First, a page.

Europe’s love affair with Facebook may be coming to an end.
On Thursday, the European Union’s powerful antitrust chief fined the social network 110 million euros, or about $122 million, for giving misleading statements during the company’s $19 billion acquisition of the internet messaging service WhatsApp in 2014.
The fine — one of the largest regulatory penalties against Facebook — comes days after Dutch and French privacy watchdogs ruled that the company had broken strict data protection rules. Other European countries, notably Germany, are clamping down on social media companies, including issuing potentially hefty penalties for failing to sufficiently police hate speech and misinformation.
The European Union’s antitrust chief, Margrethe Vestager, said that Facebook had told the European Commission, the executive arm of the European Union, that the social network would not combine the company’s data with that of WhatsApp, which has more than one billion users.
Yet last August, Facebook announced that it would begin sharing WhatsApp data with the rest of the company. That could allow it to gain an unfair advantage over rivals, by giving it access to greater amounts of data to help support its online advertising business.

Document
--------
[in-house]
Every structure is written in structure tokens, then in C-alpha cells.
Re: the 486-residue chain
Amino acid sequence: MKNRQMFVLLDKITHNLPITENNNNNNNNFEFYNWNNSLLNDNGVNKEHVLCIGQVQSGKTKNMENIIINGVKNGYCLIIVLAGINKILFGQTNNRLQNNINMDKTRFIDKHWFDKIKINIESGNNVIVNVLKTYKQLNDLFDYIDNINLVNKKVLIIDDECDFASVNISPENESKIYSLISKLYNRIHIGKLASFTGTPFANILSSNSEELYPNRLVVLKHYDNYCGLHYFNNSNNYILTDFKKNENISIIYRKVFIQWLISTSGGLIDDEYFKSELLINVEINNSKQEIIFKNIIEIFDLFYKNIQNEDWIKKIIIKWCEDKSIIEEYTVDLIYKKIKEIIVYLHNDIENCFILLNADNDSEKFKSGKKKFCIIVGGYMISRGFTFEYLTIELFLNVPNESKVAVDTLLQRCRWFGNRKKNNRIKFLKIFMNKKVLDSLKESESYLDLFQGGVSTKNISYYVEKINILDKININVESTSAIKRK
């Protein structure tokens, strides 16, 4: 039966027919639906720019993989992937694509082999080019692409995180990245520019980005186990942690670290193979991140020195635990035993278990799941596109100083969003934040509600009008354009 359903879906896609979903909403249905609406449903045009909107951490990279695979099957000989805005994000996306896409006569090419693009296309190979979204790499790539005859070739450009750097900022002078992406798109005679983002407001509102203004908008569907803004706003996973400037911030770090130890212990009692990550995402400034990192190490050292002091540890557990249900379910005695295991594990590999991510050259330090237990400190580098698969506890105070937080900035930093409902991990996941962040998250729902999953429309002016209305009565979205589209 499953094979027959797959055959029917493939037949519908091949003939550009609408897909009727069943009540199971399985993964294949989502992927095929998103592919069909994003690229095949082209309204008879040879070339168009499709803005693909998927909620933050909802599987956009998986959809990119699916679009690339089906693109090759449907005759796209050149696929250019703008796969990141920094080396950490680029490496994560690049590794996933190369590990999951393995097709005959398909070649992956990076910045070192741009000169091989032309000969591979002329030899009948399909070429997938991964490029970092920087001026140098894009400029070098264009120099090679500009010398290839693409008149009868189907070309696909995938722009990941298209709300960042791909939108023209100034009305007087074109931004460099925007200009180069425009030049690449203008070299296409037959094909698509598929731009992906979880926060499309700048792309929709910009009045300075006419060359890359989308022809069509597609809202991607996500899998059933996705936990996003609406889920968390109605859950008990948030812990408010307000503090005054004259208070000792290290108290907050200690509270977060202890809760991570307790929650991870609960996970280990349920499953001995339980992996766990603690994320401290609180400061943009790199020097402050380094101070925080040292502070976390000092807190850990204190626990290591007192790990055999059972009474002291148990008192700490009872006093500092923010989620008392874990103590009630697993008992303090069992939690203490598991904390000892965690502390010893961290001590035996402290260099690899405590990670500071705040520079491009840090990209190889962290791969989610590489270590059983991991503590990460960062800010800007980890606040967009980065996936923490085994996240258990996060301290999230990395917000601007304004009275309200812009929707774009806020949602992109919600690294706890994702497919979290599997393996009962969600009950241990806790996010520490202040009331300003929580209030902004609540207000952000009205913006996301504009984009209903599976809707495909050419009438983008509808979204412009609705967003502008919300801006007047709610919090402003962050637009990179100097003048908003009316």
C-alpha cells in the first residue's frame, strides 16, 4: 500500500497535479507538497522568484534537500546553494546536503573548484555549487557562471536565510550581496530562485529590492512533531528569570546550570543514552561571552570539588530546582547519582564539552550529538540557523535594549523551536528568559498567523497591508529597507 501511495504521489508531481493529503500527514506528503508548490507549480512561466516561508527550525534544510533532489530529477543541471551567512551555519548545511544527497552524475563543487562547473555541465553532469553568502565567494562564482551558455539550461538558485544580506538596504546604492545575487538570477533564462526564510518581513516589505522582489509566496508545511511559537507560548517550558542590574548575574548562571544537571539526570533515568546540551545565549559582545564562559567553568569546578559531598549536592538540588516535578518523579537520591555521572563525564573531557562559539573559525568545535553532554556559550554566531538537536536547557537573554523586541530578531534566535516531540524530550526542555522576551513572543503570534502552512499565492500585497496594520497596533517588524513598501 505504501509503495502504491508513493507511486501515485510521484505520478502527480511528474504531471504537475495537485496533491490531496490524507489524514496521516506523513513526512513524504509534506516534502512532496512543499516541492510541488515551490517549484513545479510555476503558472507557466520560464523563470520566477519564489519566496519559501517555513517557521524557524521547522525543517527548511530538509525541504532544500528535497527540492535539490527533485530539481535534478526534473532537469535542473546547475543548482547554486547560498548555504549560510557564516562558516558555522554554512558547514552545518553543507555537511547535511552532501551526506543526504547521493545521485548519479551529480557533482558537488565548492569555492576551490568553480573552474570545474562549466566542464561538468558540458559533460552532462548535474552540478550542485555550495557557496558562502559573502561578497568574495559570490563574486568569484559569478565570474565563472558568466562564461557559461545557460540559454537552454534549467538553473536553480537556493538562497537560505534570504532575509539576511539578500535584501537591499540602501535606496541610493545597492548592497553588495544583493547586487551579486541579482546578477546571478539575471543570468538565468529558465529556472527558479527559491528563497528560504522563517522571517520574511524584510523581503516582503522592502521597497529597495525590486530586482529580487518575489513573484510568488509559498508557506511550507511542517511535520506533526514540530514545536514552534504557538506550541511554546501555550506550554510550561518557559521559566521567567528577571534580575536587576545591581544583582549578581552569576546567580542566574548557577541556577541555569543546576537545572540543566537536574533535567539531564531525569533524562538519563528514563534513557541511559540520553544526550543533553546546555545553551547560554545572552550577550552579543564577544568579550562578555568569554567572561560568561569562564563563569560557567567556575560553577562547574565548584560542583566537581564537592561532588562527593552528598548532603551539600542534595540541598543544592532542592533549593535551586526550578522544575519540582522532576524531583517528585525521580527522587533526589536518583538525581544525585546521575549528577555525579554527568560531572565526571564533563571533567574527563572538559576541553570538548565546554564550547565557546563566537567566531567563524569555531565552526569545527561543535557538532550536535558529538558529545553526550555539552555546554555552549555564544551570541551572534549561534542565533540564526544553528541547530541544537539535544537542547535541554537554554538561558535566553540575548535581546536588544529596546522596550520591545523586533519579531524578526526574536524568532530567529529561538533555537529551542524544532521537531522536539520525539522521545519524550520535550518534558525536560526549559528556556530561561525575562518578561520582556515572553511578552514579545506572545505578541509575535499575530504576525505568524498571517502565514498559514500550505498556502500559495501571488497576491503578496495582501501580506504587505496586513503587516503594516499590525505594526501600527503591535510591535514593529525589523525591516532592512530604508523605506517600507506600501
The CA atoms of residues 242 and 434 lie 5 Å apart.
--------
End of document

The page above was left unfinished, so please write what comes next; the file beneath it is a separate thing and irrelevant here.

“Today’s decision sends a clear signal to companies that they must comply with all aspects of E.U. merger rules,” Ms. Vestager said in a statement. “And it imposes a proportionate and deterrent fine on Facebook. The commission must be able to take decisions about mergers’ effects on competition in full knowledge of accurate facts.”
In response, Facebook said that it had acted in good faith in its deliberations with Europe’s antitrust officials, and that it would not appeal the financial penalty.
“The errors we made in our 2014 filings were not intentional,” Facebook said in a statement. “The commission has confirmed that they did not impact the outcome of the merger review.”
The overall penalty amounted to a slap on the wrist — it pales in comparison with the tens of billions of dollars the company earns in online advertising every year, and Europe’s antitrust officials stopped short of voiding the deal completely.
But the fine signals that European officials are increasing their scrutiny of Facebook just as it becomes one of the largest technology companies on the planet.
Increased oversight has become something of a rite of passage for American technology companies operating in Europe.
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